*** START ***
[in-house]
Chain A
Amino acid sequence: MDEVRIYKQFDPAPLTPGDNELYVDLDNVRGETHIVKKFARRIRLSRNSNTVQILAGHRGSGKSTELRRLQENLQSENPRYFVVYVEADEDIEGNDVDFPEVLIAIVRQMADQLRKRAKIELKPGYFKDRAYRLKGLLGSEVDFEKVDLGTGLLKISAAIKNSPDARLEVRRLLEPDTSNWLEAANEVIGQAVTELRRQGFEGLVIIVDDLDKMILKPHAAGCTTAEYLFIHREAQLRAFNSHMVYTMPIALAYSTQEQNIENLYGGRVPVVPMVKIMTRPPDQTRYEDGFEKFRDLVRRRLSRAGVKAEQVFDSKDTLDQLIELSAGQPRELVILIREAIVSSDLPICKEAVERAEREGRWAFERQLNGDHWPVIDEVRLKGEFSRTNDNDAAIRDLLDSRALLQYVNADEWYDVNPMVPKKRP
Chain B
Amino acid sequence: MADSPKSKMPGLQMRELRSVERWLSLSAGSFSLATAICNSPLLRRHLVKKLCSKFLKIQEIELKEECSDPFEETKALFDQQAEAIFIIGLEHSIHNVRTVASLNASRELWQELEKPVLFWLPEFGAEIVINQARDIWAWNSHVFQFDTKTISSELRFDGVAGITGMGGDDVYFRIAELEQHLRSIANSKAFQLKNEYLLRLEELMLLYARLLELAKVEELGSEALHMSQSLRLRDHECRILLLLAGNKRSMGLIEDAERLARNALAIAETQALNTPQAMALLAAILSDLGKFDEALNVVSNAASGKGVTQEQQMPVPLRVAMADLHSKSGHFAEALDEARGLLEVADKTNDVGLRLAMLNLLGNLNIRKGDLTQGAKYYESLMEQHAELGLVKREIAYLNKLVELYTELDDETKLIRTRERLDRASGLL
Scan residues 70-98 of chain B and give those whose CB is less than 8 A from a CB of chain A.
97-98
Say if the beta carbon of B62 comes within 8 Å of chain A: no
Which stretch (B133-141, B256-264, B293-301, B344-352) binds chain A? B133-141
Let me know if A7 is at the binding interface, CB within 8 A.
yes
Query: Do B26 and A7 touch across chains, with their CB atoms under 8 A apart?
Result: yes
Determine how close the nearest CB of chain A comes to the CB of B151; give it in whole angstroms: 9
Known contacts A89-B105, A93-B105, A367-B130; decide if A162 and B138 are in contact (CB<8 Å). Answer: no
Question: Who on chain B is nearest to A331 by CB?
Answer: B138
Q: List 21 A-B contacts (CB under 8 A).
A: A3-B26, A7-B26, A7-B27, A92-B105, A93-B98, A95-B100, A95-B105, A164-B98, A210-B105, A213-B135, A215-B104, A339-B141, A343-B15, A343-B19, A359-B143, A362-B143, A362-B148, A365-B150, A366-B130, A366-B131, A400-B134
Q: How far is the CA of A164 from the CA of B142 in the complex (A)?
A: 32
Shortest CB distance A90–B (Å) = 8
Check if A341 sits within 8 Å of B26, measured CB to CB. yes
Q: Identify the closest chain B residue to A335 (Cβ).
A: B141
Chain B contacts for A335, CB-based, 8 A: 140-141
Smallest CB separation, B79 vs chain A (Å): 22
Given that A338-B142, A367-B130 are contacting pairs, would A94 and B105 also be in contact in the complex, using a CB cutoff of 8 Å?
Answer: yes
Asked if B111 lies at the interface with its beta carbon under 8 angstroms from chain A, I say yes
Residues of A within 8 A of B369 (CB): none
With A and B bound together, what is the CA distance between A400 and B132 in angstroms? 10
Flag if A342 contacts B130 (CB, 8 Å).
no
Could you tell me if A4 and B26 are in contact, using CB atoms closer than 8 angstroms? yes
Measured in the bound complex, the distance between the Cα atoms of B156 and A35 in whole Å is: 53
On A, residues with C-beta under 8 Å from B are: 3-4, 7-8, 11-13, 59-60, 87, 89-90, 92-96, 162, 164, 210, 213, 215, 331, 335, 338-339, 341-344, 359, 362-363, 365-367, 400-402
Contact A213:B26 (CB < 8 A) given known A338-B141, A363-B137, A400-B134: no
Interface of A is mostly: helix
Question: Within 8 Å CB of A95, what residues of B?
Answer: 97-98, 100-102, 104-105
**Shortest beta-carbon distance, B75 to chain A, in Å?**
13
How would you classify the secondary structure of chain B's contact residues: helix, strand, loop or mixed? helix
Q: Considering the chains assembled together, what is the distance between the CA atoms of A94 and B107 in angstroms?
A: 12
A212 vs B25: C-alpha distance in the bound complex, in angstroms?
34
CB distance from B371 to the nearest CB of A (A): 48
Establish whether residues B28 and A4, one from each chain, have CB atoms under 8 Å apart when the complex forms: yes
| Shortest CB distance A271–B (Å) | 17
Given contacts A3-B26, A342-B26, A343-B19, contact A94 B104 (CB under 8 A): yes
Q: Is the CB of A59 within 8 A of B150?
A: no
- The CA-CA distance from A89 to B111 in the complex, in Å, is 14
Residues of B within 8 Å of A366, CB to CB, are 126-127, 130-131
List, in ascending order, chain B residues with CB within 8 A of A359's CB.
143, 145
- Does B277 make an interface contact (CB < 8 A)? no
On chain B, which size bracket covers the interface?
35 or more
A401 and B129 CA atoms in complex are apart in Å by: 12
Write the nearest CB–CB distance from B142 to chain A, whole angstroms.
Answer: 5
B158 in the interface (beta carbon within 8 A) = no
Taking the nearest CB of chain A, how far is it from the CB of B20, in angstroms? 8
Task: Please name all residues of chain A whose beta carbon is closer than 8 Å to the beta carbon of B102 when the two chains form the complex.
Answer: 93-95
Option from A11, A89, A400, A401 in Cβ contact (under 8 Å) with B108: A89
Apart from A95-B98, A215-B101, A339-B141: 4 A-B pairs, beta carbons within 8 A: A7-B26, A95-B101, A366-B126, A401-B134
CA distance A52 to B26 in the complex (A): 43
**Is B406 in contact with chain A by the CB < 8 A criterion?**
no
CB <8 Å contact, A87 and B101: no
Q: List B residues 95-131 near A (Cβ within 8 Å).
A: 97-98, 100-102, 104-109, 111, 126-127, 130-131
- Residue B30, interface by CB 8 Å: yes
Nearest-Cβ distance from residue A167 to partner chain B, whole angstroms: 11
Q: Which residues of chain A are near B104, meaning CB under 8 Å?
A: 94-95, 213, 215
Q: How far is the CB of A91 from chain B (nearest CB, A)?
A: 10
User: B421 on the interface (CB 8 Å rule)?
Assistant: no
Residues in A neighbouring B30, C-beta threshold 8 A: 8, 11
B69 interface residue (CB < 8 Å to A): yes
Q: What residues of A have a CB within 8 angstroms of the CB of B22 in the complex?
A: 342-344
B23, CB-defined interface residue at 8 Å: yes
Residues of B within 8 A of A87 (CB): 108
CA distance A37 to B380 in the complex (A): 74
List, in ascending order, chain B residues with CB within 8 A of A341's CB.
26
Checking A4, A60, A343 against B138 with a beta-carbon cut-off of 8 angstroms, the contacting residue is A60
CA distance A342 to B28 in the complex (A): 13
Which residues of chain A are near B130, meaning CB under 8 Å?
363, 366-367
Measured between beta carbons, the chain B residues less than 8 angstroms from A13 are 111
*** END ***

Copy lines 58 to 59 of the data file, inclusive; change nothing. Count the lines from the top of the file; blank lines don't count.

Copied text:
143, 145
- Does B277 make an interface contact (CB < 8 A)? no